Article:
Over the span of three weeks, 52 people prayed for salvation. In addition, the Holy Spirit ministered prophetically in a manner similar to what we read of Agabus (Acts 11:28; 21:10-11). (Our notes indicated a specific count of 27 utterances, but team notes were twice vague on unrecorded numbers. All words were verified accurate by their recipients and many were videoed.) Another 348 received healing, although numerous others were never counted on three occasions. The final tally may have approached 400. And yes, while I’m acutely aware that most Western Christians will never accept such things, try to remember that American Christianity, along with its prejudices, is only a small segment of today’s Christian population, and that most of the Spirit’s ongoing supernatural wonders still occur where the Kingdom of God continues to advance.
In addition to presenting summary figures, I (Dr. Michael Lanier) would like to conclude our ministry posts with a personal touch. While I don’t feel the need to belabor the more supernatural points, I’d like to take a moment to tell you something of a most moving experience.
I witnessed something I’m afraid I’ll never be able to adequately describe. You’ll need to use your imagination on this one. Somewhere between Zambesi and the end of the world, our vehicle pulled over to a roadside taxi stop so we might greet some of our fellow sojourners from Kabompo. They were waiting for a connecting ride and would soon join us in Zambesi. (Picture a gathering of people patiently waiting on the side of the road for a bus—a metal entity on wheels that has no apparent concept of time or schedule—in the heart of a vast African savanna. And they were waiting without complaint.) Before we could depart our car, everyone, in complete unison, broke into spontaneous song and dance, praising God for His greatness. How difficult it was to hold back our tears. Minutes later, a small bus carrying more church members pulled to a stop about one quarter of a mile behind us. As the bus unloaded and we were recognized in the distance, its travelers immediately raced down the highway—running like a herd of wildebeests—ready to join in the celebration. Soon, everyone was singing and dancing amid the euphoria that only African believers can generate. What beauty! How wonderful it was to experience such joy in such a wonderful people. How infectious! I freely admit, they were not the only ones dancing at the taxi stop.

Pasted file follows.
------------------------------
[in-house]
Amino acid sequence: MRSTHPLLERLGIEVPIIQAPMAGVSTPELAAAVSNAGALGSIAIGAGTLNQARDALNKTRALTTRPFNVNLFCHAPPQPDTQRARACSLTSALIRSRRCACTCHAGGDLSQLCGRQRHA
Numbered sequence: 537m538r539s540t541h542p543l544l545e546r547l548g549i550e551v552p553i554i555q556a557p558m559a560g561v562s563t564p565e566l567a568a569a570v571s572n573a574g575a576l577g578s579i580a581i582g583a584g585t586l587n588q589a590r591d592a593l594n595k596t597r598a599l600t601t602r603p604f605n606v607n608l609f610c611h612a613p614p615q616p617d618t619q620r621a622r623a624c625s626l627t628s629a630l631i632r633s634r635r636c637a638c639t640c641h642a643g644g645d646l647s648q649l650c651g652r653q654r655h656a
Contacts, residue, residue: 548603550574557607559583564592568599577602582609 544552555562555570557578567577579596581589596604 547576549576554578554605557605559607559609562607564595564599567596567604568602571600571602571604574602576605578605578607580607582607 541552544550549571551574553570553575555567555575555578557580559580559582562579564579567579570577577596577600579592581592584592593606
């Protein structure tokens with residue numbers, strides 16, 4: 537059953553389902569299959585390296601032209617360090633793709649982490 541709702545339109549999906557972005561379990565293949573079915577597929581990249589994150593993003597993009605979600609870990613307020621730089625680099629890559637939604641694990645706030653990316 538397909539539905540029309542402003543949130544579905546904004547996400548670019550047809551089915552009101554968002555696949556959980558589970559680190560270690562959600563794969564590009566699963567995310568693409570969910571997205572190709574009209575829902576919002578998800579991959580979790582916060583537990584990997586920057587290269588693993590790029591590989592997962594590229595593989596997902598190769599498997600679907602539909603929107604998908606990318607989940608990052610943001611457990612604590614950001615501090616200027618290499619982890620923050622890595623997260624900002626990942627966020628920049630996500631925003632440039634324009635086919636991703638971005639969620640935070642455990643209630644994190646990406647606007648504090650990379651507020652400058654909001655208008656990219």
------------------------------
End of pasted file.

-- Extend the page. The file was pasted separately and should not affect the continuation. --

Jesus told us we will always have the poor among us, but truly the term “poor” is relative. To try to describe the material poverty of the places we visited would be futile. Even so, material poverty means little from an African perspective. Children playing in dirt roads with nothing more than a toy car made from wound wire and pushed with a stick, or young men playing soccer with a ball made from bound plastic bags, is an everyday thing. No one seems aware of their material poverty. Their richness is something quite different.
I’ve traveled far and wide over my 24 years of doing mission-evangelism and I can say without doubt, African believers are truly rich in ways westerners often fail to comprehend. In truth, they may know little about Christian doctrine, and many don’t have access to a bible, but they know how to celebrate life more than anyone I know. Imagine watching competing congregations singing and dancing their expressions of adoration under a big-top tent illumined by nothing more than a single solar charged light. Now, still with song in ear, step away from the tent and add to your imagination the majesty of our God’s starry overhead display in the black of night. Yes, African Christians are truly rich—and they are blessed!
May we never tire from serving such a wonderful people.
Dr. Michael Lanier, Executive Director